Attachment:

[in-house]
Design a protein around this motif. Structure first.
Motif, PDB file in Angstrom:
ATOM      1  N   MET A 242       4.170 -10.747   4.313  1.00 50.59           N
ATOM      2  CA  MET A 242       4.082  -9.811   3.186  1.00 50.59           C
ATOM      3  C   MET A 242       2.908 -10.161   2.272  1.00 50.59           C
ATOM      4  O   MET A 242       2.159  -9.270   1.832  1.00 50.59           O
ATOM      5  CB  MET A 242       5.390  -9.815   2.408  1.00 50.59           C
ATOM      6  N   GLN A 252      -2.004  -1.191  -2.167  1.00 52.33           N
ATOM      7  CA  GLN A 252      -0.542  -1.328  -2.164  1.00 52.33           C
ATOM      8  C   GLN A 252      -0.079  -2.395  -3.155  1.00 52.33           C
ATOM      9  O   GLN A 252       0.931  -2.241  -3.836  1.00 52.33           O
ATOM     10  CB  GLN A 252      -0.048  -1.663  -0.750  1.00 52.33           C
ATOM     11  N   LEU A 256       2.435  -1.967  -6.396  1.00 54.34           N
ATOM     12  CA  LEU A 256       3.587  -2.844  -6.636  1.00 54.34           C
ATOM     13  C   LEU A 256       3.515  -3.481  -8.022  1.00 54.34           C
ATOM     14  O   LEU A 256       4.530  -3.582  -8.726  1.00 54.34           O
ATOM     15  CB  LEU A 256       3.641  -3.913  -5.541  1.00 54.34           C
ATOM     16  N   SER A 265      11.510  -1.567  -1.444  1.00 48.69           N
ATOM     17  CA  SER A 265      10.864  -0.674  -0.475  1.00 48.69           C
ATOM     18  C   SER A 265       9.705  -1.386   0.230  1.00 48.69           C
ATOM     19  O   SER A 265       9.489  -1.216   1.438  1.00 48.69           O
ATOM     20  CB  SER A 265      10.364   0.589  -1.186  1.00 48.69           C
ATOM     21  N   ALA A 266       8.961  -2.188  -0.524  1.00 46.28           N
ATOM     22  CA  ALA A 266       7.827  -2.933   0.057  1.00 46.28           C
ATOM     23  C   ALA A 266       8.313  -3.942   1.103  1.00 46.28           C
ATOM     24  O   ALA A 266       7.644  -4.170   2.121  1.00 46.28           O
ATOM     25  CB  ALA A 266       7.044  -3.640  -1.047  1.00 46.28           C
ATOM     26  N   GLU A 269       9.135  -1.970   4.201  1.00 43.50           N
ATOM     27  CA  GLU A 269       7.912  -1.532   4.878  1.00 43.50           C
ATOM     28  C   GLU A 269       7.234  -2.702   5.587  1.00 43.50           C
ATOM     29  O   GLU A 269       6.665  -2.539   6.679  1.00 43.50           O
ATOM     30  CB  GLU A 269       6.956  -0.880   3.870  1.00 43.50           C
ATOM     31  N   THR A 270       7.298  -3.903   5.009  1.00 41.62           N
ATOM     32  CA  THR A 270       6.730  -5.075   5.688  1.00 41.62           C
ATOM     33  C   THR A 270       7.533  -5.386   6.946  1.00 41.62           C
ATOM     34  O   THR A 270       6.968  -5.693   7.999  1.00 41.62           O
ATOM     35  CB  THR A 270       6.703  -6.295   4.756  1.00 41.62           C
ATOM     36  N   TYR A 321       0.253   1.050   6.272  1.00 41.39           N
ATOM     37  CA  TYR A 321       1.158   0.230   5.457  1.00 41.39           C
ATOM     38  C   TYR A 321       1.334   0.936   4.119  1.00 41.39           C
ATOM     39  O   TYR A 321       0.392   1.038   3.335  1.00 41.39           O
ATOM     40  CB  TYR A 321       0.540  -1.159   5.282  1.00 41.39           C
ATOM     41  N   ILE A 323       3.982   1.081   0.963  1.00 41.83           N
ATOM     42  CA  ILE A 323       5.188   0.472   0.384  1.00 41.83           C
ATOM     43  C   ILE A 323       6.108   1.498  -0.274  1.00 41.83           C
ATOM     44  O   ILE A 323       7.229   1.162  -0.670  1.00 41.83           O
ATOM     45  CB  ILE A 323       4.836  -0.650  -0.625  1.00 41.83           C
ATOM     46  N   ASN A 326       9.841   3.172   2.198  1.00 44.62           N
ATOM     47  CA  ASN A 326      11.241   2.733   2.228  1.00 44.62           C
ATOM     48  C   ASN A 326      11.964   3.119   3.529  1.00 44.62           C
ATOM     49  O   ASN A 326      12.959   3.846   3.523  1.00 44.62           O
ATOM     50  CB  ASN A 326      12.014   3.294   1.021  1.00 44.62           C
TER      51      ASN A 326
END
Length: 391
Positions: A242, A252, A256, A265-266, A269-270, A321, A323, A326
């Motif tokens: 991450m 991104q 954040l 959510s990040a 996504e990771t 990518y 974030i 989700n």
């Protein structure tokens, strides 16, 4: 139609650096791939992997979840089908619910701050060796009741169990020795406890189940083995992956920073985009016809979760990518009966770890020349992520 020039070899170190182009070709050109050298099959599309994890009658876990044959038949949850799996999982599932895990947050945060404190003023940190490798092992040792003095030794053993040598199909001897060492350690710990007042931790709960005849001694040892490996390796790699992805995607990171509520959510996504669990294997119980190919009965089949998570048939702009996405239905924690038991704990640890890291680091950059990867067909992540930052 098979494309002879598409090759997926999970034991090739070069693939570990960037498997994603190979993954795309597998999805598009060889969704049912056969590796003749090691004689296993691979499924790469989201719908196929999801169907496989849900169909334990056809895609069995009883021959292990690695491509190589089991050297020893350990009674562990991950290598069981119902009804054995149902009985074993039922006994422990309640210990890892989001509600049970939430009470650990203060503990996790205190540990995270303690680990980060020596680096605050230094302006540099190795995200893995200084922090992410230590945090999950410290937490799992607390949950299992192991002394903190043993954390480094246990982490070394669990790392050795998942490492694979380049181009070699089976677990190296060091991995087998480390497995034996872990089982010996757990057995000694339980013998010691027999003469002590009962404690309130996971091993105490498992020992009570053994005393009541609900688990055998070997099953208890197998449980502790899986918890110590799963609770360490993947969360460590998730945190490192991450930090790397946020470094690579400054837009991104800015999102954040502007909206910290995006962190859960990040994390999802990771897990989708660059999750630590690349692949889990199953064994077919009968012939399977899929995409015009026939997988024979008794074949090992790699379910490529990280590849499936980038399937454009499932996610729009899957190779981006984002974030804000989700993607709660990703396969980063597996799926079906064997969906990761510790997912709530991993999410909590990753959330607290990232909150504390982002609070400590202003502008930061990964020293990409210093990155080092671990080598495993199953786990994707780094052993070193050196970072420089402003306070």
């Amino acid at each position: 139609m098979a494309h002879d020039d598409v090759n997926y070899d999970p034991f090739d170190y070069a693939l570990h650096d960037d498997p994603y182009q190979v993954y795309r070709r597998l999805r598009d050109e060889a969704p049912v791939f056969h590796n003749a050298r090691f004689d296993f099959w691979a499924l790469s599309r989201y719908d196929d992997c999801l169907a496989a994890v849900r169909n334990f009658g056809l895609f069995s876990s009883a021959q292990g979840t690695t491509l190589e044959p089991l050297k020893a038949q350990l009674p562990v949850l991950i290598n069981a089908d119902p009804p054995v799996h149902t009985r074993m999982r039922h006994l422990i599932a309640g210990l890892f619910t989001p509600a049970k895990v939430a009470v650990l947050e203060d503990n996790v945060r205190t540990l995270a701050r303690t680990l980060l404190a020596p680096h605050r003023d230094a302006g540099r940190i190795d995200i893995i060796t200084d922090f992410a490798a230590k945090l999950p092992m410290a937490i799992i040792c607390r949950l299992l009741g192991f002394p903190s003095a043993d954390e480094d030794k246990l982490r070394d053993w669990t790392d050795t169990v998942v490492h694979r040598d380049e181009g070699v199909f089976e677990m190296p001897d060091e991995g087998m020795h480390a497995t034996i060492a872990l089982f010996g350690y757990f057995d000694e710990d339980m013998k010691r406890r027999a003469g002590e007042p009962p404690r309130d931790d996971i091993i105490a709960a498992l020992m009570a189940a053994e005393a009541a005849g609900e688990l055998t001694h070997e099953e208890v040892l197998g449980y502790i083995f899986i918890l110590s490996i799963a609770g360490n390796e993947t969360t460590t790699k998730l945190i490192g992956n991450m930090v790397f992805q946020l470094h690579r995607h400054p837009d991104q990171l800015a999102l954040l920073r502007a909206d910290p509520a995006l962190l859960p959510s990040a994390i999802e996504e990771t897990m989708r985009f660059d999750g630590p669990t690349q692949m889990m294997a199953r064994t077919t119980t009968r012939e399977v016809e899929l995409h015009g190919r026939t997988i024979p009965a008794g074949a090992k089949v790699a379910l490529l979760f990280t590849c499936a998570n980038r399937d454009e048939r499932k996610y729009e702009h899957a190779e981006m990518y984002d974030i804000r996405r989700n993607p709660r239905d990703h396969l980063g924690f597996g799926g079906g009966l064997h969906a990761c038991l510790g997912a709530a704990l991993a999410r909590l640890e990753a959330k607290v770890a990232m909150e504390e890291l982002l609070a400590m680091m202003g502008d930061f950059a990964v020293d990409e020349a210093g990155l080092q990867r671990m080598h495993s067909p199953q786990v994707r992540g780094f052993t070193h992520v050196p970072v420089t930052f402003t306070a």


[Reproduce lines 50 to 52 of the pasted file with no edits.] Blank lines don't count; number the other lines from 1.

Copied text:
ATOM     47  CA  ASN A 326      11.241   2.733   2.228  1.00 44.62           C
ATOM     48  C   ASN A 326      11.964   3.119   3.529  1.00 44.62           C
ATOM     49  O   ASN A 326      12.959   3.846   3.523  1.00 44.62           O